We have all heard about resiliency to help with our mental health. But, what exactly is resiliency? And more importantly, how do we become more resilient? In this post, we will dive into how to build a mental resiliency plan.

What Is Resiliency?

Resilience is defined as a biological or psychological ability to cope with stress. It also includes the capacity to maintain a healthy emotional state when faced with challenges and adverse conditions. When we talk about resiliency in mental health, we are often talking about the second part of that definition, the capacity to maintain a healthy emotional state.

Resilience is how we cope emotionally with challenges and hardships. So, the bigger question becomes, how do we make ourselves more mentally resilient?

Many things can make us more resilient, but mental health professionals agree on some of the most important ones. Here are four key ways to help improve mental resilience:

1. Optimism

The first way mental health professionals suggest increasing mental resilience is through optimism. When faced with a difficult situation, it can be easy to become pessimistic and focus on the negative. But, mental health professionals suggest that you can become more resilient to mental illness symptoms by developing an optimistic attitude toward challenges.

There are many ways that you can become more optimistic. Mental health professionals suggest finding outlets for positive self-talk. It is essential to avoid using language that focuses on negativity, like “I will never get better.” Instead, mental health professionals suggest using language that focuses on the positive.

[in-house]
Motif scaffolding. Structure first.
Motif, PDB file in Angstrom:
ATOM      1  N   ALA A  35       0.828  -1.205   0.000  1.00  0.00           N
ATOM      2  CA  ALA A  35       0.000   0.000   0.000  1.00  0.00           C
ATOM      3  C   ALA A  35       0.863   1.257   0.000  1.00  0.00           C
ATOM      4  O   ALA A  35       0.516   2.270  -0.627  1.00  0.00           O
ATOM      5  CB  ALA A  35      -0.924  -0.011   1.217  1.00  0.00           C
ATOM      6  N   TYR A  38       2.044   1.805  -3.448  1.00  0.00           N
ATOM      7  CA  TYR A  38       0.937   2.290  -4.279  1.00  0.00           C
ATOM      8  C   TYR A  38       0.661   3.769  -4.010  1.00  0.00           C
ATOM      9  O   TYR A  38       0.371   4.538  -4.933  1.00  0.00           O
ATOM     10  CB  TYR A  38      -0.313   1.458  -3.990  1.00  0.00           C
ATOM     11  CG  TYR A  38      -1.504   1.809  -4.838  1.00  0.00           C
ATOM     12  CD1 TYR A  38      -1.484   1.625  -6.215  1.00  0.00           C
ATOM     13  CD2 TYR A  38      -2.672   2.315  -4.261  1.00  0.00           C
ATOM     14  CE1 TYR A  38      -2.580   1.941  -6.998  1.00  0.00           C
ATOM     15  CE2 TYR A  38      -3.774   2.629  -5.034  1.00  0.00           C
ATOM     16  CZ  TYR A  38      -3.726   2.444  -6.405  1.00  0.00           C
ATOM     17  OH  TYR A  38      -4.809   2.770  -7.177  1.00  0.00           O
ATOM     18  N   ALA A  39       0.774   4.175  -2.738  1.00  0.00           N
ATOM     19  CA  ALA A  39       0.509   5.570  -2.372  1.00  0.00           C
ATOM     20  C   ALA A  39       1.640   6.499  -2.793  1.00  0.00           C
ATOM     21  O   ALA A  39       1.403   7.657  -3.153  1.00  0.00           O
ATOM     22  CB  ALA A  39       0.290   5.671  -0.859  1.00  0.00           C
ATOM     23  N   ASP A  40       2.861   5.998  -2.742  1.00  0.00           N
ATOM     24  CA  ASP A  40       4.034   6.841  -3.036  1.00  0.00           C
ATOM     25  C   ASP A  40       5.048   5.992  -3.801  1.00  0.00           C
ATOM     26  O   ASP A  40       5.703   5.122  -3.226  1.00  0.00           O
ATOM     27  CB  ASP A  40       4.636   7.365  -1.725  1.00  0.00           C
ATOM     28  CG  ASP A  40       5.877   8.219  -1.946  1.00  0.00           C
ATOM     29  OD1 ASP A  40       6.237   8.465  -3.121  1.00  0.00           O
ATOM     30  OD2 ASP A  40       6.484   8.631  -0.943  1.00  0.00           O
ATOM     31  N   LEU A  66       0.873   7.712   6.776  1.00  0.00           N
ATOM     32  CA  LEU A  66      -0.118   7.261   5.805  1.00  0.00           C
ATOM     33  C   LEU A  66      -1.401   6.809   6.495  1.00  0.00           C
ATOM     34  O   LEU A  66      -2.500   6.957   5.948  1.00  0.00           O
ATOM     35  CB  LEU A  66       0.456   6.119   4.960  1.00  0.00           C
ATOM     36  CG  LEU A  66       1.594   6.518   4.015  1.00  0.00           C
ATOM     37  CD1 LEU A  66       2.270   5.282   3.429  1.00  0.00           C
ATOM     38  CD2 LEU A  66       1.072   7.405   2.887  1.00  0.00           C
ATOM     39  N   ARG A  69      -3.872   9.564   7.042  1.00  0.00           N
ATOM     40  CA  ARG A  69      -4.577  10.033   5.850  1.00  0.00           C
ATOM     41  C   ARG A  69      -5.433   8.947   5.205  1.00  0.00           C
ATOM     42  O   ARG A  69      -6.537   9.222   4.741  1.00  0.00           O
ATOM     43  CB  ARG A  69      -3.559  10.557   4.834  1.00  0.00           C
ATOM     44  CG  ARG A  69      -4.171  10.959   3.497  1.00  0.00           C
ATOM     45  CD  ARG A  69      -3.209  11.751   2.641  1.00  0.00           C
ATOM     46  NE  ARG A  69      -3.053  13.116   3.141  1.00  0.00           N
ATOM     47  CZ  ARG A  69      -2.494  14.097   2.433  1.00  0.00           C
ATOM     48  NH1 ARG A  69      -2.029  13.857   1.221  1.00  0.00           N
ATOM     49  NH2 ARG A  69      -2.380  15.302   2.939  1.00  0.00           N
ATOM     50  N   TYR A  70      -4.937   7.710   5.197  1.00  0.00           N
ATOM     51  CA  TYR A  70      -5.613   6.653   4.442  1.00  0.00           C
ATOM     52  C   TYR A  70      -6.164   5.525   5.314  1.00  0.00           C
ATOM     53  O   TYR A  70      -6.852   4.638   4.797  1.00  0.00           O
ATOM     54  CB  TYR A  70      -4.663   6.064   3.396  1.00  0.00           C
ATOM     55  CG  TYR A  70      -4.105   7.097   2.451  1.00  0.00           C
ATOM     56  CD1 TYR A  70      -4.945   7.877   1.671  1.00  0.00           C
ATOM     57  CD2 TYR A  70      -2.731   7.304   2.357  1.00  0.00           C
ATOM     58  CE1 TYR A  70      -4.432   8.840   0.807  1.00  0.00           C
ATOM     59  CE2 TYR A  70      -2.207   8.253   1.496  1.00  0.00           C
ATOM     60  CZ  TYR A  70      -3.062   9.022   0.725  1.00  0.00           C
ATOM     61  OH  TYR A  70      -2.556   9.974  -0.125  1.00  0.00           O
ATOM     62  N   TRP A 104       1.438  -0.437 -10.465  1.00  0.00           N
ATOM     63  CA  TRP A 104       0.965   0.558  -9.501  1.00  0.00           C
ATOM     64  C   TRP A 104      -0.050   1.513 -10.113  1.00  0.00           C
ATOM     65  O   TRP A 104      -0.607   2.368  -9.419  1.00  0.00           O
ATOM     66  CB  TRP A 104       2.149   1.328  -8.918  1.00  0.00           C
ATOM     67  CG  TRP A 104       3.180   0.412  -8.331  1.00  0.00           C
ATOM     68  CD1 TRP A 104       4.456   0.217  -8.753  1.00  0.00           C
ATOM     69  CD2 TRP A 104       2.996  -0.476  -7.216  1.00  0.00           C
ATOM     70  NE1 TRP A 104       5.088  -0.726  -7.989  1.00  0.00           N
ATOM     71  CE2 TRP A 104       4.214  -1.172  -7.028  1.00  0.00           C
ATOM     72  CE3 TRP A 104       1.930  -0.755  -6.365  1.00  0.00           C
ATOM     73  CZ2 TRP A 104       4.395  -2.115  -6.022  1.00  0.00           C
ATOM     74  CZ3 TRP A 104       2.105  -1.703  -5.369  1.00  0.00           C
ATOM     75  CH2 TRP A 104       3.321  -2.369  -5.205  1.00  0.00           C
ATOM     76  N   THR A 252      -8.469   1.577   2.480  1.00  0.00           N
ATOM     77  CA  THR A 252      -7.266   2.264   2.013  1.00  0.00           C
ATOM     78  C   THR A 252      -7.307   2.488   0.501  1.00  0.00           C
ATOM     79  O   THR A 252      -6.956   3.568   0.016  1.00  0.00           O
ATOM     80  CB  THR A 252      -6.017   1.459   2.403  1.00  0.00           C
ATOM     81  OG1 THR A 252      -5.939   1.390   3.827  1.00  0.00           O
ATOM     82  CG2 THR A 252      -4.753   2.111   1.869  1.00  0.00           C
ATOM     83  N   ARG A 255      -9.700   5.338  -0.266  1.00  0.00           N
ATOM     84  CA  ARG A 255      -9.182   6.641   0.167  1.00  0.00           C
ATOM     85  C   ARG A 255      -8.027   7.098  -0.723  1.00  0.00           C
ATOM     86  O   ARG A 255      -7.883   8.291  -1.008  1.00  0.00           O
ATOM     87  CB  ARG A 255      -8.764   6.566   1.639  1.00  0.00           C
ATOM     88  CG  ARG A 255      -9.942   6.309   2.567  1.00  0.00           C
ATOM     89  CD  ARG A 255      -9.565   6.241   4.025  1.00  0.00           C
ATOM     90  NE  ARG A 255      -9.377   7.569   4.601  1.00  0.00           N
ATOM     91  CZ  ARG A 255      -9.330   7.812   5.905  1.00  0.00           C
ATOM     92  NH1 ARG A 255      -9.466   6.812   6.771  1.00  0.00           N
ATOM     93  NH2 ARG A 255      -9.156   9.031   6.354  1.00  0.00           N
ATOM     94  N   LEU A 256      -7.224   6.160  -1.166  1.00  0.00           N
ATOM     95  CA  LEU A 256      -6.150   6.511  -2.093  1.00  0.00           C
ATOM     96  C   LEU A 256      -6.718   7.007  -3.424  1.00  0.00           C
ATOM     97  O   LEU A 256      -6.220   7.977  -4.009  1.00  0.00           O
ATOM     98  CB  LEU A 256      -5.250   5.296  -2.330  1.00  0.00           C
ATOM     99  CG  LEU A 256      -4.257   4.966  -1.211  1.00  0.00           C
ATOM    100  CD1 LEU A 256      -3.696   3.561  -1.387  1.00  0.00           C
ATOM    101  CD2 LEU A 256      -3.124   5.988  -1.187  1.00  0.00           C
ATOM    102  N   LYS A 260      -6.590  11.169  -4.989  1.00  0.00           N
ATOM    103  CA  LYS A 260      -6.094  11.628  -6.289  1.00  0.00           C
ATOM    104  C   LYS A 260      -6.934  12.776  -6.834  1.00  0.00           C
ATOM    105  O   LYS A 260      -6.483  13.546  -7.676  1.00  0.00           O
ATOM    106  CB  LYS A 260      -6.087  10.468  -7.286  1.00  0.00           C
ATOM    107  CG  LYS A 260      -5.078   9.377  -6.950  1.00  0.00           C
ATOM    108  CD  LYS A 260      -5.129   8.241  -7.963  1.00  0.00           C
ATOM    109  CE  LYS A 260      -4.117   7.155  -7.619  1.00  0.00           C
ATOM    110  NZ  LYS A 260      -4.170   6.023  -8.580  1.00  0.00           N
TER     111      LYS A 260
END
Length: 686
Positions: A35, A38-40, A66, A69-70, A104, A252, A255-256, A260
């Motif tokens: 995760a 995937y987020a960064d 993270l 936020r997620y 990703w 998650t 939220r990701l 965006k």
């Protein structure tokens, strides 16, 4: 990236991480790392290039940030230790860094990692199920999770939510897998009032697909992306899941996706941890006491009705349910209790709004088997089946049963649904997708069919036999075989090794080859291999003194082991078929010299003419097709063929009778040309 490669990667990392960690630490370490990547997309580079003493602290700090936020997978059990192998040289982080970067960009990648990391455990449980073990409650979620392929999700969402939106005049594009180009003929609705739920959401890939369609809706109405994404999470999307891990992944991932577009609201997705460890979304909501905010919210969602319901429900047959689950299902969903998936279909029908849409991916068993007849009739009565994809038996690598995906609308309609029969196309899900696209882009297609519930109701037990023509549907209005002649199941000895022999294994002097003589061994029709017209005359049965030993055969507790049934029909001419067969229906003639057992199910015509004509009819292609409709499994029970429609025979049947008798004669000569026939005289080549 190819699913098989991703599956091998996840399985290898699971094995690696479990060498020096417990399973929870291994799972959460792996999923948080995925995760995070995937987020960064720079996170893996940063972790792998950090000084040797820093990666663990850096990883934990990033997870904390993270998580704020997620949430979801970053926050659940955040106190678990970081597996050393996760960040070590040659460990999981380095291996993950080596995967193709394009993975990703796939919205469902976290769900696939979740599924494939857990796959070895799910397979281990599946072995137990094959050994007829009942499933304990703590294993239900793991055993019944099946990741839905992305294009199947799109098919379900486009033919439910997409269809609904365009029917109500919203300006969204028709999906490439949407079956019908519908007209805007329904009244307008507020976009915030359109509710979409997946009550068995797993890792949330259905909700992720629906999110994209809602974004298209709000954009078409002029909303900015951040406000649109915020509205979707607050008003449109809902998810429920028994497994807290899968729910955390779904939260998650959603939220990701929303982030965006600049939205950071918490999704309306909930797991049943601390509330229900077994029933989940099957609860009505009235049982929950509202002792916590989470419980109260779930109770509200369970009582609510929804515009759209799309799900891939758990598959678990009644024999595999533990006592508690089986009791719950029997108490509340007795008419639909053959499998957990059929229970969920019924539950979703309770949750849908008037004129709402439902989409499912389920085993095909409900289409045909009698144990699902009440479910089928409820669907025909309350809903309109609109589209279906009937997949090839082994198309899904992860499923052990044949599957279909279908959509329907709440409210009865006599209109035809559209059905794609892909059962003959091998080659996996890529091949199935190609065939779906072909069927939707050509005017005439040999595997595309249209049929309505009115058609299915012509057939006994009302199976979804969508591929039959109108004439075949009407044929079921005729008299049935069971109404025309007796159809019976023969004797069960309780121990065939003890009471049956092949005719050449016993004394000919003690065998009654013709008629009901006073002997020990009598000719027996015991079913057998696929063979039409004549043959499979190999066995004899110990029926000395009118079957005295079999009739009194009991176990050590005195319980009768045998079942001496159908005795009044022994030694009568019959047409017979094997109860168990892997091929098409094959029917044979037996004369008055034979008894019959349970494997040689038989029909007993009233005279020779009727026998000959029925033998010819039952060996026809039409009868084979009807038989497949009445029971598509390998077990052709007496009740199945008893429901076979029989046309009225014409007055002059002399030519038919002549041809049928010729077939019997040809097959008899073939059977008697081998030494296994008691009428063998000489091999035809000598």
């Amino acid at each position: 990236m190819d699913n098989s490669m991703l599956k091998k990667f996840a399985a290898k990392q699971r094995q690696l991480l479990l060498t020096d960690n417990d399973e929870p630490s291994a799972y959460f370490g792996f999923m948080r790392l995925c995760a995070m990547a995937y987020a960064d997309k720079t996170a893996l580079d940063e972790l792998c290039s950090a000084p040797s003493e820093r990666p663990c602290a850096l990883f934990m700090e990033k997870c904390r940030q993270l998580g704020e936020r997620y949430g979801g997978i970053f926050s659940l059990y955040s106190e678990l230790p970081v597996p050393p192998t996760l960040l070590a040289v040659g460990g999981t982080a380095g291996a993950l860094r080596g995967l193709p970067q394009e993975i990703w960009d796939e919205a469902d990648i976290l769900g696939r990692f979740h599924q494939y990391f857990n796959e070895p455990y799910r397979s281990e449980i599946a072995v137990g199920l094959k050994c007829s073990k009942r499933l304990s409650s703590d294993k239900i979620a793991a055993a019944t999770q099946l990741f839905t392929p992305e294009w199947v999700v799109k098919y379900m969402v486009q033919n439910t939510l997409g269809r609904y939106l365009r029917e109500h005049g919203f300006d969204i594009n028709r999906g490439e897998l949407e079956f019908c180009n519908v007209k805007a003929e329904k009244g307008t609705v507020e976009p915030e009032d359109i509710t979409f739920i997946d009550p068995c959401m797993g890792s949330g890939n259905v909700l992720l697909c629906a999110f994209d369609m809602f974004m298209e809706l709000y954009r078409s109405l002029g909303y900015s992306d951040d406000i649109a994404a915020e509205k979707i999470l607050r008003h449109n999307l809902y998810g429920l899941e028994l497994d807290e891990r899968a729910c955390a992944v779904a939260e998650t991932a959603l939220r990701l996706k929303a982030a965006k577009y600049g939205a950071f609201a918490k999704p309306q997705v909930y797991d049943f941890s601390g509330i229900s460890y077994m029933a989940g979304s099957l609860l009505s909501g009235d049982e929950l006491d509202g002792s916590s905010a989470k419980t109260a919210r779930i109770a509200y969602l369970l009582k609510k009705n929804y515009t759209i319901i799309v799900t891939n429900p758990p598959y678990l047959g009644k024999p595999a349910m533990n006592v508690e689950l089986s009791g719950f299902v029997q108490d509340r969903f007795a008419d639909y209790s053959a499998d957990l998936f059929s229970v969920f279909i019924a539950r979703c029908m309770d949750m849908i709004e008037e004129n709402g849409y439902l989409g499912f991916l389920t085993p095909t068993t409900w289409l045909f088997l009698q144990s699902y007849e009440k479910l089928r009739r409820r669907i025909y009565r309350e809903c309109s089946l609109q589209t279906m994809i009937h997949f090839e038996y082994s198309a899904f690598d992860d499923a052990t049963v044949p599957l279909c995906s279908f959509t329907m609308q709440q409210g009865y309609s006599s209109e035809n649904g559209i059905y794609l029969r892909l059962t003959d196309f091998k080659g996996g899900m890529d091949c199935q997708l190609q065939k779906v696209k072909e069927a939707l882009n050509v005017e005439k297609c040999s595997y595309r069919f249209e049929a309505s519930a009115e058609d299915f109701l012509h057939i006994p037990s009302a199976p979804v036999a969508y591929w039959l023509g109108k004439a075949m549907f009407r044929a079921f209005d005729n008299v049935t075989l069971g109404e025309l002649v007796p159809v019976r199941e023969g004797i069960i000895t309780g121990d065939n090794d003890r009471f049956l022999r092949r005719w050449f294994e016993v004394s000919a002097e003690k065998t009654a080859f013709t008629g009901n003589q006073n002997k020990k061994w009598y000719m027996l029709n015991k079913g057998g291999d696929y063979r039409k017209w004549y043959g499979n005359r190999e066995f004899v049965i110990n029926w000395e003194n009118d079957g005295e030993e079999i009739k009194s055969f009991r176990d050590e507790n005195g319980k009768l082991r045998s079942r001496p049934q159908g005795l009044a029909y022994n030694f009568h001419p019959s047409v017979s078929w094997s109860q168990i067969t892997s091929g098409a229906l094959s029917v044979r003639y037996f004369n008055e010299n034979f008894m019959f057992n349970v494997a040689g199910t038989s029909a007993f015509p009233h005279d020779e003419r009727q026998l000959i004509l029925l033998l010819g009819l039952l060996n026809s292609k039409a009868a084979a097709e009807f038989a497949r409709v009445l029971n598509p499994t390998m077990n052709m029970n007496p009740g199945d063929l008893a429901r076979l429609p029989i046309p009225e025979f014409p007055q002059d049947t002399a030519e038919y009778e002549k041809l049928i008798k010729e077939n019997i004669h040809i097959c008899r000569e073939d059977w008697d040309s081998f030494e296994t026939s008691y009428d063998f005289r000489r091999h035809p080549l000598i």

They also recommend that you take notice of small successes, like when you can go a day without using negative language and acknowledge them. Mental health professionals suggest increasing optimism by finding a creative outlet or learning something new. Using mental health techniques in your daily life also helps improve mental strength and resiliency to mental illness symptoms.

2. Purpose

The second way mental health professionals suggest increasing mental resilience is by finding purpose. This includes establishing goals that increase feelings of meaning in your daily life, like spending more time with loved ones or trying to get more exercise.

This is where finding a hobby can give your mind something else to focus on to help you find meaning in life. I know many people who suffer from depression, and this has helped them quite a lot. It gives them something to work for. I personally love to fly-fish or tie my own flies. It’s incredible how much better I feel after a morning spent in a river. The act of immersing myself in an activity that places me in the middle of nature with all of the sounds, smells, and sights has been incredibly beneficial for me.

Another great way to add purpose is to volunteer. Volunteering has long been shown to elevate mood and mental health in various ways. It can give you a sense of purpose and belonging. Doing good for others releases mental health chemicals like serotonin and dopamine, making us feel good. It can also increase social ties and provide a positive distraction from mental health struggles.

Having trouble finding volunteer opportunities? Check out your local Rotary club. Rotarians are a worldwide business organization, and professional leaders are united to create positive, sustainable change in their communities. If that isn’t for you, check out the local Kiwanis or Lions clubs. Both are community-oriented service organizations that strive to meet community needs. Through volunteer service, members develop leadership and team-building skills and a sense of personal responsibility and empowerment.